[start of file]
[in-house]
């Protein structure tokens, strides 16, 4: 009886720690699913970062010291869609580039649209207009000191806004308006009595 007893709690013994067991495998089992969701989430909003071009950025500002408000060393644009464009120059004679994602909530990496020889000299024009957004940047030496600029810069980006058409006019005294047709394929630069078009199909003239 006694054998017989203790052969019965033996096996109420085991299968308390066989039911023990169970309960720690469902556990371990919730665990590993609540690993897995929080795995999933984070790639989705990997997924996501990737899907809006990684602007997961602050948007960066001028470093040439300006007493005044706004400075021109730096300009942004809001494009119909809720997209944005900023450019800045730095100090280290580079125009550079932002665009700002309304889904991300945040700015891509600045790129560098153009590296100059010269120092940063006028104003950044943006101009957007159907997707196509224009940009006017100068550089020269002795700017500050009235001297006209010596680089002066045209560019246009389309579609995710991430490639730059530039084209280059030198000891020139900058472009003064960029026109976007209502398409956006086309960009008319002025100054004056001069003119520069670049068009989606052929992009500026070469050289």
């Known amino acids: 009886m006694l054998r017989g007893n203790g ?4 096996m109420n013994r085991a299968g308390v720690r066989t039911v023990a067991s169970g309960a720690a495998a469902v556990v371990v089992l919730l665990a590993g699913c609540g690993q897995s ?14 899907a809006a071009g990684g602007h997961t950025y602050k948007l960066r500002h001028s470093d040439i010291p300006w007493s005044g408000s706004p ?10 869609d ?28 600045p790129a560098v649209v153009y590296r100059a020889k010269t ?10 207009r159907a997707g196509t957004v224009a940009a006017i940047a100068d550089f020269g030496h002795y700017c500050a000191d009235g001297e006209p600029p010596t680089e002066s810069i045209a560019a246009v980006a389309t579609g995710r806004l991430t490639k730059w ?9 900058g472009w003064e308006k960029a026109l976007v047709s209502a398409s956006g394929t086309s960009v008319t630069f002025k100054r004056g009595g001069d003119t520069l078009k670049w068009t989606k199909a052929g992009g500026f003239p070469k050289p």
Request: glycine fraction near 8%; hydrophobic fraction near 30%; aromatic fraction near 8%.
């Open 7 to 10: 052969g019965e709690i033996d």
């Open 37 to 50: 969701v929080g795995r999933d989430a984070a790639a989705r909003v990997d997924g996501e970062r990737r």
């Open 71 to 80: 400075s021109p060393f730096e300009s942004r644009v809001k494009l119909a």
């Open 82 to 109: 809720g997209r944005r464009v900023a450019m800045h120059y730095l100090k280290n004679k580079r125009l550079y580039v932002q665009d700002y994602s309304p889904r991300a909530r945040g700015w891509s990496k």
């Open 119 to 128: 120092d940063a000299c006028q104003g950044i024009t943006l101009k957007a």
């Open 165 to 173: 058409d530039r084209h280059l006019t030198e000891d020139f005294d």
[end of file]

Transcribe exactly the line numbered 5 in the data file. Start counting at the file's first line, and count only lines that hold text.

């Open 7 to 10: 052969g019965e709690i033996d």